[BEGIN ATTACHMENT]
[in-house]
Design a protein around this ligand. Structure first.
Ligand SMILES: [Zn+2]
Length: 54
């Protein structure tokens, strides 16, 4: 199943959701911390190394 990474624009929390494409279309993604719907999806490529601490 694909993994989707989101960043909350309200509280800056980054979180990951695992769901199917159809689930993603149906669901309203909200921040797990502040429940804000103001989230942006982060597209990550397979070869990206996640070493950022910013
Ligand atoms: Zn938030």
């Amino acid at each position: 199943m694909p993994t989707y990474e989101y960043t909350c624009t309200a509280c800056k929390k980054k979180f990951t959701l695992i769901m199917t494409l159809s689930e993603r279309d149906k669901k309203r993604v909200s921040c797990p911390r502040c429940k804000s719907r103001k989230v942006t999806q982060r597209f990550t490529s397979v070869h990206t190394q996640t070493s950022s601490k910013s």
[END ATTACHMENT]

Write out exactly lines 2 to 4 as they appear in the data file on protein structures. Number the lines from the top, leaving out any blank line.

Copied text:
Design a protein around this ligand. Structure first.
Ligand SMILES: [Zn+2]
Length: 54